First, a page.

The Demolished Man
260 pages @350 wds/pg
If you believe yourself a natural killer, avoid planning too carefully. Leave most to your instinct. Intellect may fail you, but the killer instinct is invincible.
"Be grateful that you only see the outward man. Be grateful that you never see the passions, the hatreds, the jealousies, the malice, the sicknesses.... Be grateful you rarely see the frightening truth in people."
This strange second in a life, that unusual event, those remarkable coincidences of enivronment, opportunity, and encounter...all of them have been reproduced over and over on the planet of a sun whose galaxy revolves once in two hundred million years and has revolved nine times already. The has been joy. There will be joy again.
The Demolished Man
The shape of science fiction to come
Anyone reading The Demolished Man for the first time today may enjoy it as a kind of typical science fiction thriller—a cat-and-mouse game between cop and criminal, set in the future. A Sleuth-style battle taking place in a future of rocket flight and humans who have developed powers of extra-sensory perception.
Very well done, cleverly plotted. Spiced up with a few typographical experiments, such as arranging words on the page to visually represent the shared thoughts of ESPers at a party, much like so-called concrete poetry.
All these interesting observations make Alfred Bester's first novel, well, interesting. Perhaps deserving of being, as it was, the first winner of the Hugo award for best novel from the World Science Fiction Society.
But these points wouldn't necessarily convey to the first-time reader why The Demolished Man is regarded by old-timers as so important to the science fiction field: namely, because it starts to move science fiction out of the scifi ghetto toward a merger with the modern mainstream of popular writing.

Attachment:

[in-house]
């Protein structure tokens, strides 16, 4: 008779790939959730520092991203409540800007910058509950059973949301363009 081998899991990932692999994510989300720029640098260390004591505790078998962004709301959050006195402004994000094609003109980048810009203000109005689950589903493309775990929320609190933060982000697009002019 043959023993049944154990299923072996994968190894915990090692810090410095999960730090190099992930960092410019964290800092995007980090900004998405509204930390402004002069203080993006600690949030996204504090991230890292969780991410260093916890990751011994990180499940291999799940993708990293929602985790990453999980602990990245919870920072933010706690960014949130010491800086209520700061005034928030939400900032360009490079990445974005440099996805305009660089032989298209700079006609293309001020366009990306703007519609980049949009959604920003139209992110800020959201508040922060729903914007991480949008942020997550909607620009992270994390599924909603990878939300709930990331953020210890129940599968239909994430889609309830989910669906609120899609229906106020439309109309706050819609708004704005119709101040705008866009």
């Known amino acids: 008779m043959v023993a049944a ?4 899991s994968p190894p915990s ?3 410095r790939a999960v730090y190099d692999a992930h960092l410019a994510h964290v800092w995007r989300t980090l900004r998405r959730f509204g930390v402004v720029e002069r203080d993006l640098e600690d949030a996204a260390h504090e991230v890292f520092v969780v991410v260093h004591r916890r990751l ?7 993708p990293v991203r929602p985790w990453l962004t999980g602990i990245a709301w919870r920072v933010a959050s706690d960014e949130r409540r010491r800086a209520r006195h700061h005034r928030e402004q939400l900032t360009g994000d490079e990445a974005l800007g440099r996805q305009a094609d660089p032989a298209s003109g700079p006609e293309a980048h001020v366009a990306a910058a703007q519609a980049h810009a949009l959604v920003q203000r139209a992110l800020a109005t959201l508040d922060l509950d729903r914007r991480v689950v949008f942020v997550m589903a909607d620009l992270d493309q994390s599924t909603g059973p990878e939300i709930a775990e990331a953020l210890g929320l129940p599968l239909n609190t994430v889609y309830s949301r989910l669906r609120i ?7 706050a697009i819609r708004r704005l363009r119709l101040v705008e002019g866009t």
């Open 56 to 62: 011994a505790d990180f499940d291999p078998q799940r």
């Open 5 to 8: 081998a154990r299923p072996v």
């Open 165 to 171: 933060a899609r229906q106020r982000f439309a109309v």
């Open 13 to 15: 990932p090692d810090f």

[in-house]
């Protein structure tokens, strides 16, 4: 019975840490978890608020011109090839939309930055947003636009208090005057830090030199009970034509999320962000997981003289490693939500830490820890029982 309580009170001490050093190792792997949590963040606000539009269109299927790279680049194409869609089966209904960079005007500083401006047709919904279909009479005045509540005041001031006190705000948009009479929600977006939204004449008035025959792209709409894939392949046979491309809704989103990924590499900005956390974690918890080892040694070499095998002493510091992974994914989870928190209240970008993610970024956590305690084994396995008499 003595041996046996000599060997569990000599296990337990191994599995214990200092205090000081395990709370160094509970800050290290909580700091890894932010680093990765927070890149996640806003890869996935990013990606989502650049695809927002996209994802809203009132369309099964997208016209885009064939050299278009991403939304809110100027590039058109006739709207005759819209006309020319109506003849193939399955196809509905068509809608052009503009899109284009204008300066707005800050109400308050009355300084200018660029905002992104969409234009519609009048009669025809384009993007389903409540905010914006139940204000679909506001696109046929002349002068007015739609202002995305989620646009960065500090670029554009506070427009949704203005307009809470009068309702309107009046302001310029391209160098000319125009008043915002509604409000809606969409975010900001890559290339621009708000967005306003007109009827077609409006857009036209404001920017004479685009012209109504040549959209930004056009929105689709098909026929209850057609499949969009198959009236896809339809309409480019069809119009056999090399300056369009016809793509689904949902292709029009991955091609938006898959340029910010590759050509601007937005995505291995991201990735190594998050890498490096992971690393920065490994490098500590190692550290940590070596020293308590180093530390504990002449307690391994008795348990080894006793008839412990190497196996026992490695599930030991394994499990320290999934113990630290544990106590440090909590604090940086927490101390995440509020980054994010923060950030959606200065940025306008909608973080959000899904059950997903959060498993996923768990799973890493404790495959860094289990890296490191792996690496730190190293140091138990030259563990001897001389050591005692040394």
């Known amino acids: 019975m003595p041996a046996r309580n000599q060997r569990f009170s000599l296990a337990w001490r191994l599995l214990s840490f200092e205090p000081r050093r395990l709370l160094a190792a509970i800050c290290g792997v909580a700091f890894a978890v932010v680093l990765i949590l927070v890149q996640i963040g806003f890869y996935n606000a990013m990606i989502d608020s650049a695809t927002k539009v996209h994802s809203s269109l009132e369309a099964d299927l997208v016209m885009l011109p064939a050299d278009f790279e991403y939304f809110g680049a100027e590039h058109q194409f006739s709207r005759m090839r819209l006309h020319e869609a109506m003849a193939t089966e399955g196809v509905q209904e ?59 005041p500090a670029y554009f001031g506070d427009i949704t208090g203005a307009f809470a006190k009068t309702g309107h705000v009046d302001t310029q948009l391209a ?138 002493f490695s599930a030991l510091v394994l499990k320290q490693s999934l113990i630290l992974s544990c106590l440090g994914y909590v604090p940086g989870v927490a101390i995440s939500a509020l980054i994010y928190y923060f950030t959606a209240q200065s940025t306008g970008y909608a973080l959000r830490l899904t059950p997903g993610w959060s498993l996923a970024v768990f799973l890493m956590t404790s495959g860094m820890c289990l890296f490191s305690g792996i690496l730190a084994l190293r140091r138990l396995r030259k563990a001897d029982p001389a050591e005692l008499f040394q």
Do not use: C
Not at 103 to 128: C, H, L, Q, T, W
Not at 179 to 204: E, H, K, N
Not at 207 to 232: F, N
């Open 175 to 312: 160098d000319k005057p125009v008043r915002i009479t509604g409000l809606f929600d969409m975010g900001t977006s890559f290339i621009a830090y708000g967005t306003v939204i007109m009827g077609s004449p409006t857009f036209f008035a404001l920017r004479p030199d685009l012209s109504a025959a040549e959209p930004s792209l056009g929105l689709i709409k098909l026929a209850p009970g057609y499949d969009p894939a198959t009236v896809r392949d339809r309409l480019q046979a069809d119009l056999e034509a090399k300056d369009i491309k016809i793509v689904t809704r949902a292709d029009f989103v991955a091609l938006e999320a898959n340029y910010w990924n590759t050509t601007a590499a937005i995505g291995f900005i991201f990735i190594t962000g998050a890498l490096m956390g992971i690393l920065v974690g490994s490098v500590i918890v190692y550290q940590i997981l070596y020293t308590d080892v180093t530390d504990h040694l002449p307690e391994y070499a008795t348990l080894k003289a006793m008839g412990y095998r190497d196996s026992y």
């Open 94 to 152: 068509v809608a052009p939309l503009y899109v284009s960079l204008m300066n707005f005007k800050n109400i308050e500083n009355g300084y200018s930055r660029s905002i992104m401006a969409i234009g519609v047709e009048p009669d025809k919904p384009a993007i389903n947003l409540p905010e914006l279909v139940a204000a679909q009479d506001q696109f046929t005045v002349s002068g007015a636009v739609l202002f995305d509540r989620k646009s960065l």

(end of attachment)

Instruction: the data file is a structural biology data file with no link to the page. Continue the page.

Which is not to say Bester goes all literary, like some other speculative fiction authors, looking to become respectable. Whole swatches of The Demolished Man still read like pulp fiction. The action is brisk, dialogue is breathless and the sentences are short. Characters still snap, growl and explode.
Yet the Grolier Multimedia Encyclopedia of Science Fiction called Bester's first two novels
the sf equivalent of the Jacobean revenge drama: both feature malcontent figures, outsiders from society bitterly cognizant of its corruption, but themselves partly ruined by it, just as in The Revenger's Tragedy or The Duchess of Malfi; like them, too, [Bester's] novels blaze with a sardonic imagery, mingling symbols of decay and new life—rebirth is a recurrent theme of [Bester's]—with a creative profligacy.
For there is a perceived depth in Bester's work that is signalled by his experimentation with grammar and typesetting but goes beyond artsy play to hint at psychological dimensions to his characters not found in prior science fiction.
Now, to be honest, The Demolished Man, in the character of the mind-reading cop Powell and more especially in the character of the ruthless, murderous business mogul Reich (a name to conjure with), offers rather simplistic pseudo-Freudian psychoanalysis. But the fast pace, the sardonic tone and the innovative narrative style tend to lend a surreal quality to the whole experience, as though it's all taking place in a hectic dream—resisting cool analysis.
Then when the psychological pieces fall together during the final plot twists with revelations that would be laughable in an afternoon soap opera, we feel we've settled back to sanity after a weird dream.
At which point, Bester gets in his moral of the story, which foretells a New Age of light and joy—as clearly a harbinger of the 1960s counterculture and Heinlein's similarly revered Stranger in a Strange Land (1961) as could be imagined.
Depending on how you feel about that later time and the direction of new-wave science fiction away from hard science and into the more literary mainstream of mysticism and perverse psychology, either The Demolished Man is a milestone or it has a lot to answer for.
But still, to come full circle, you can skip all that stuff about its place in SF history and enjoy it as one of the more clever—and most fun to read—novels of our era.